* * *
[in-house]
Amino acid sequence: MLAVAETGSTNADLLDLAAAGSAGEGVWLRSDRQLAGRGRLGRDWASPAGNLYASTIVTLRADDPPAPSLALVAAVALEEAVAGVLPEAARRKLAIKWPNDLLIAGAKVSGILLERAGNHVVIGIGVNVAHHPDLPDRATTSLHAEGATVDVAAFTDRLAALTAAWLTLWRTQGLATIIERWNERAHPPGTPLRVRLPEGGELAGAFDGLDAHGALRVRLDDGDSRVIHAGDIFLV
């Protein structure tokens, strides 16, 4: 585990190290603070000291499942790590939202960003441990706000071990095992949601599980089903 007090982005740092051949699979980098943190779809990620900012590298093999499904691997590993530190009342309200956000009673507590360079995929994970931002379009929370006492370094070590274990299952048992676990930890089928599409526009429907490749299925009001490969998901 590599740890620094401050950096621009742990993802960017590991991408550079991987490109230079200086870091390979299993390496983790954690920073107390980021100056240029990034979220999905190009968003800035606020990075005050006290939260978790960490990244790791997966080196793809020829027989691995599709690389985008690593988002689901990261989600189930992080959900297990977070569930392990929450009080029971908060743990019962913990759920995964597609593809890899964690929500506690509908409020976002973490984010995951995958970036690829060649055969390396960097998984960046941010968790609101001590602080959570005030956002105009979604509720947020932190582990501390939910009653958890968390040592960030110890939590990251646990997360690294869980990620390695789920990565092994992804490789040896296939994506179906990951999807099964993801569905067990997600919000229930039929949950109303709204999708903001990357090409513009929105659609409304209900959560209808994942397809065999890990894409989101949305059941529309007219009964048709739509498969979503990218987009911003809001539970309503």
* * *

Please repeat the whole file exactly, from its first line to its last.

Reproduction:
[in-house]
Amino acid sequence: MLAVAETGSTNADLLDLAAAGSAGEGVWLRSDRQLAGRGRLGRDWASPAGNLYASTIVTLRADDPPAPSLALVAAVALEEAVAGVLPEAARRKLAIKWPNDLLIAGAKVSGILLERAGNHVVIGIGVNVAHHPDLPDRATTSLHAEGATVDVAAFTDRLAALTAAWLTLWRTQGLATIIERWNERAHPPGTPLRVRLPEGGELAGAFDGLDAHGALRVRLDDGDSRVIHAGDIFLV
């Protein structure tokens, strides 16, 4: 585990190290603070000291499942790590939202960003441990706000071990095992949601599980089903 007090982005740092051949699979980098943190779809990620900012590298093999499904691997590993530190009342309200956000009673507590360079995929994970931002379009929370006492370094070590274990299952048992676990930890089928599409526009429907490749299925009001490969998901 590599740890620094401050950096621009742990993802960017590991991408550079991987490109230079200086870091390979299993390496983790954690920073107390980021100056240029990034979220999905190009968003800035606020990075005050006290939260978790960490990244790791997966080196793809020829027989691995599709690389985008690593988002689901990261989600189930992080959900297990977070569930392990929450009080029971908060743990019962913990759920995964597609593809890899964690929500506690509908409020976002973490984010995951995958970036690829060649055969390396960097998984960046941010968790609101001590602080959570005030956002105009979604509720947020932190582990501390939910009653958890968390040592960030110890939590990251646990997360690294869980990620390695789920990565092994992804490789040896296939994506179906990951999807099964993801569905067990997600919000229930039929949950109303709204999708903001990357090409513009929105659609409304209900959560209808994942397809065999890990894409989101949305059941529309007219009964048709739509498969979503990218987009911003809001539970309503």